These instructions are for planting trees, shrubs, perennials, and annuals.
- Enrich the soil. Dig the bed deeply until the soil is loosened. Remove any weeds or grass. Add composted manure and topsoil to the bed. If your soil is poor, the plants will not thrive. Enrich your soil for success!
- Dig a deep hole with a spade (not a trowel) and add some composted manure to the hole. Mix. Then place your plant in and refill the hole, keeping the top of the plant’s rootball at the same level as the surrounding soil. (For trees and shrubs especially: If the roots are tangled up tightly on the bottom of the pot, loosen the roots so they are hanging down like hair before planting. It is better to break some than to leave them compacted — the roots won’t extend into the soil properly and the plant will die. Also cut any roots that are encircling the root ball on the sides — these will girdle the plant as it grows larger and kill it.)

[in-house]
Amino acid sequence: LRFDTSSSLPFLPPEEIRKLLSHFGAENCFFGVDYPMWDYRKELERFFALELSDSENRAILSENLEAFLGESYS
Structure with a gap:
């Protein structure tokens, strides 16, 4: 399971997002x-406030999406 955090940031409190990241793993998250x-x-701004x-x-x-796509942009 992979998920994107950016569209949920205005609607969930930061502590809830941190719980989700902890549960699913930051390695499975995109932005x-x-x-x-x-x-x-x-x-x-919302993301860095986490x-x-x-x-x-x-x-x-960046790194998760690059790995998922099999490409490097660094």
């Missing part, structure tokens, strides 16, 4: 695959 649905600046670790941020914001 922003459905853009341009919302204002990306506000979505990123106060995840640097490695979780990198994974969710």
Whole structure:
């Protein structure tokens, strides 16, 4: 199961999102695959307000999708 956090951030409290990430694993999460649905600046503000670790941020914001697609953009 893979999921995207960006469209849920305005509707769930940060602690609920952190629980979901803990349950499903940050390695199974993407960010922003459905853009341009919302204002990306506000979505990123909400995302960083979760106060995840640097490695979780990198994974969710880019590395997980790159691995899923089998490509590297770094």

- Water right away after planting. Water by putting the hose right where the plant meets the ground, so that water pools on the dirt. (That is, do not water by misting or spraying the leaves.) If the water runs off, make a ring of dirt around the plant to hold the water close until it seeps in.
- When done planting, mulch the bed with crushed leaves, wood chips, pine bark, whatever you like.
- Water deeply when you water. Water once a day for a week, once a week for a month, once a month for a year. During drought, water once a week, deeply.
- Keep your bed mulched year after year to keep weeds away. The mulch will fertilize the soil and plants as it decomposes, help your plants retain moisture, and keep their roots cool in the hot summers and warm in the winter.
TOP 2 Beginner Mistakes that prevent success:
- “Dig a tiny, shallow hole, plunk plant in.” Plants’ roots need room to grow, and they need the soil loosened. Plants need nutrients, in the form of compost, composted manure, or leaf gro. Use a spade (not a trowel) to dig a nice deep hole, and add compost when planting.
- “Watering means spraying the leaves.” Plants absorb water through their roots, not their leaves. Water with a hose, without a spray attachment, by placing a hose right at the ground where the leaves meet the dirt. Watch the water soak into the ground or build a ring of soil to keep it from running off.